A sign of good will? Arlington Heights OKs Bears’ billboard extension request despite focus on lakefront stadium

A little more than a month after the Arlington Heights village board told a small-business owner to tear down the revenue-generating billboards on his property, the elected panel Tuesday granted the Bears’ request to keep up a digital billboard on the vacant Arlington Park property.

Approval of another one-year extension to village sign code variations originally granted in 2017 — when the facility was still operating as a horse-racing track — was pulled from the board’s Tuesday night consent agenda by Trustee Wendy Dunnington, who was the lone “no” vote in the 8-1 tally.

Even though the initial billboard approval came with the caveat that the sign come down were the track to cease operations, Arlington Heights officials have now granted extensions three times.

“I agree with the original purpose of the billboard: It was to provide revenue for the racetrack and attract more visitors and events,” Dunnington said. “Since the racetrack is gone, I think it’s time for the billboard to be removed. In my opinion billboards are an eyesore.”

The vote came a week after Bears President and CEO Kevin Warren told the Daily Herald he isn’t ready to put the 326-acre property up for sale, despite an organizational shift in focus to try to build a new stadium on the Chicago lakefront.

  All structures have been cleared from the 326-acre Arlington Park property since the Chicago Bears took ownership of it in February 2023. The organization earlier this year announced a shift in focus to developing a new football stadium on the Chicago lakefront, but both the city and suburban plans are in limbo. Paul Valade/, March 2024

Elaena Harris, associate counsel for the NFL franchise, made the formal request to allow the 20-by-60-foot double-sided electronic billboard to stay in place alongside Route 53 “in order to support (the Bears’) ongoing operation of the property as it plans for the property’s long-term redevelopment,” according to a letter to Village Manager Randy Recklaus.

Recklaus said he was supportive of the extension through June 30, 2025 “in expectation of the continuation of discussions” about the property’s future.

The first extension came in March 2022, when then-owner Churchill Downs had already inked a preliminary deal to sell the land to the Bears, followed by one in June 2023, just months after the team closed on its $197.2 million purchase and Warren took the helm as team president.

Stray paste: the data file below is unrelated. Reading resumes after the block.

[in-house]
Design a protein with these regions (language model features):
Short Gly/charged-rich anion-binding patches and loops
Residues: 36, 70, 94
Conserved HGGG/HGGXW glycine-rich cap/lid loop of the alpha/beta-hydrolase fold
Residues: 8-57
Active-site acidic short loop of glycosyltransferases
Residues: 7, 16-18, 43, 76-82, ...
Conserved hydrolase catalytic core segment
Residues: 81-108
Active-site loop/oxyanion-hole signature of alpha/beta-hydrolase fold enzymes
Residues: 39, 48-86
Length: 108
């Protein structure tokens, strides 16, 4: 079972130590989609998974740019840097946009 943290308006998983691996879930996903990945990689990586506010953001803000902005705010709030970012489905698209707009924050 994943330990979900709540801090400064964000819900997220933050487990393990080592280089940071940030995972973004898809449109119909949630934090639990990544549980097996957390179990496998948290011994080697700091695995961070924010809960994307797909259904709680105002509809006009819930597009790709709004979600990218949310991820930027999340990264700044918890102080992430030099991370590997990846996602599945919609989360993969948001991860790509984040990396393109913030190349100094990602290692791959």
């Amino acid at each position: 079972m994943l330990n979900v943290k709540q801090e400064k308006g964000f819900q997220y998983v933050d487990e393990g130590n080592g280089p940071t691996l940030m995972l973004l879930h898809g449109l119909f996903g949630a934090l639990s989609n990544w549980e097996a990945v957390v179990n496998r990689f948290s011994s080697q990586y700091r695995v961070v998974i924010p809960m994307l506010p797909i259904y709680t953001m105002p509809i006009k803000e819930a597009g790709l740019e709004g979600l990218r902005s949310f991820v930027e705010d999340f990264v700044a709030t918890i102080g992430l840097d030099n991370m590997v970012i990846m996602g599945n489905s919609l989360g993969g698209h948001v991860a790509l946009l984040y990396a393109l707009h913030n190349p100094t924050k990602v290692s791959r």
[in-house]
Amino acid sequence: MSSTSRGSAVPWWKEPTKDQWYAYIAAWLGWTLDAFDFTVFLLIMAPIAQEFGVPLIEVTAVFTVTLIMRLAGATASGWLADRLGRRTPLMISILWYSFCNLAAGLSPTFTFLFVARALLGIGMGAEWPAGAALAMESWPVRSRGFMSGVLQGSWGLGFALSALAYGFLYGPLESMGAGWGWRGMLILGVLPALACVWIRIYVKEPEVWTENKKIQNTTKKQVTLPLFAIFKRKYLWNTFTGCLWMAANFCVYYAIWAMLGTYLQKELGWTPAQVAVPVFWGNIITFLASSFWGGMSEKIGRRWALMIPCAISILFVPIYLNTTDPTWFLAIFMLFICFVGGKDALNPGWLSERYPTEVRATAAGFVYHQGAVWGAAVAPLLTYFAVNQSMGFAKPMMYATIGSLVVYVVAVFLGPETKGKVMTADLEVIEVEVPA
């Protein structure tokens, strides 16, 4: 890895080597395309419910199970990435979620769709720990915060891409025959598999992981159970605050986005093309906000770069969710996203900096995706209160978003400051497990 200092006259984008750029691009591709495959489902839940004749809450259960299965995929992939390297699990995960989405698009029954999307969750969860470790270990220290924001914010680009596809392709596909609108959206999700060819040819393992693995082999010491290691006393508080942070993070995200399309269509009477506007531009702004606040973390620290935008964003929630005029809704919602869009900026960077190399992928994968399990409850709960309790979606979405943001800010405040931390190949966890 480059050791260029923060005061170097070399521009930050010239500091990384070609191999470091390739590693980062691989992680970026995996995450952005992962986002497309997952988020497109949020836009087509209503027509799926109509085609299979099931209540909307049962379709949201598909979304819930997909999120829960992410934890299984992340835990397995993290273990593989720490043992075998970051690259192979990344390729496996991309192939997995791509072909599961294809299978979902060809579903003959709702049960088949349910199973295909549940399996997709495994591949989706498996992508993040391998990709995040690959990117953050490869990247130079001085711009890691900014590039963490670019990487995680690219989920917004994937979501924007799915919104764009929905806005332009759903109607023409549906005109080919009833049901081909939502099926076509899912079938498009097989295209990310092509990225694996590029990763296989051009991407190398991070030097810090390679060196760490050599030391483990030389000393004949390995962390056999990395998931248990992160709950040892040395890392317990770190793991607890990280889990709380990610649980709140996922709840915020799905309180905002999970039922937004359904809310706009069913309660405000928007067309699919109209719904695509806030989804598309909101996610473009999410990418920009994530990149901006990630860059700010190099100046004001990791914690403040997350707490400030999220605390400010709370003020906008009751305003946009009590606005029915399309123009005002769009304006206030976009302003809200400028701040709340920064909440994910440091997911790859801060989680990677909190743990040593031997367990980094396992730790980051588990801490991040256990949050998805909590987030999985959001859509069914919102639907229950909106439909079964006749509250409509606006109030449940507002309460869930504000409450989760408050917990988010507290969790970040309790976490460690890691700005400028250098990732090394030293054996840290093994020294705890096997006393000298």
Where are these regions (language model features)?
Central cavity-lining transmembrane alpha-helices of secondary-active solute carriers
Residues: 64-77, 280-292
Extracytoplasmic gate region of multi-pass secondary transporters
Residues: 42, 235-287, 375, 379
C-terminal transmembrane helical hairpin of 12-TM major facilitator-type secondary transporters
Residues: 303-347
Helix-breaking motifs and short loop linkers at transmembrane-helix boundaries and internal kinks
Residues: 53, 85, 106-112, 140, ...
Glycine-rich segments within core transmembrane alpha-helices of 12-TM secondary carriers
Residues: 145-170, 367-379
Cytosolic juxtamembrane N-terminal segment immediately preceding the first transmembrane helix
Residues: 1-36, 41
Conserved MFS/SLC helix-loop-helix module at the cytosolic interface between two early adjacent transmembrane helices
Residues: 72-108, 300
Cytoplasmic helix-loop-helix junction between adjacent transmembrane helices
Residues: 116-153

With some exceptions — the Arlington Park billboard, for instance — Arlington Heights has a general prohibition on off-premises advertising signage.

What’s believed to be the only other remaining billboards in town are at 315 W. Rand Road. But the village board last month ordered the property owner to remove the signs within five years.

  Arlington Heights village board members last month ordered these two double-sided billboards next to an auto repair shop on Rand Road to come down within five years. Joe Lewnard/, May 2024

Arlington Performance Center auto repair shop owner Chris Plummer said the two double-sided static signs generate $8,000 a year in revenue and help pay his property taxes. However, board members said keeping the signs — considered legally nonconforming, having been installed prior to the site’s 1981 annexation — would hinder ongoing beautification efforts along the Rand Road corridor.

Mayor Tom Hayes said the billboards owned by Plummer and the Bears are “apples and oranges,” agreeing with Recklaus’ characterization that the latter’s location is appropriate due to its proximity to other billboards along Route 53 in neighboring towns.

Hayes, Dunnington and Trustee Nicolle Grasse asked for lettering below the electronic signs to be repaired; the last letter “L” in “Arlington International” is missing.

John Bostrom, the Bears’ senior adviser of operations and safety, told the panel the team has a vendor that can fix billboard issues, but would first have to figure out the cost.

  John Bostrom, the Bears’ senior adviser of operations and safety, from right, and Stacie Nelson, the team's procurement and operations specialist, speak at the Arlington Heights village board meeting Tuesday, as Village Manager Randy Recklaus and Assistant Village Manager Diana Mikula look on. Christopher Placek/

“That is something we’ll take back to the team to evaluate and follow up with that request,” Bostrom said.

Hayes suggested putting back one letter, or just taking them all down.

“But I don’t think there’s a big expense involved in that,” the mayor said.

Stacie Nelson, the Bears’ procurement and operations specialist, then promised the team would do a “face-lift.”

Team officials didn’t say how much revenue they collect from the billboard, but it was said to have generated $120,000 a year for the old racetrack.

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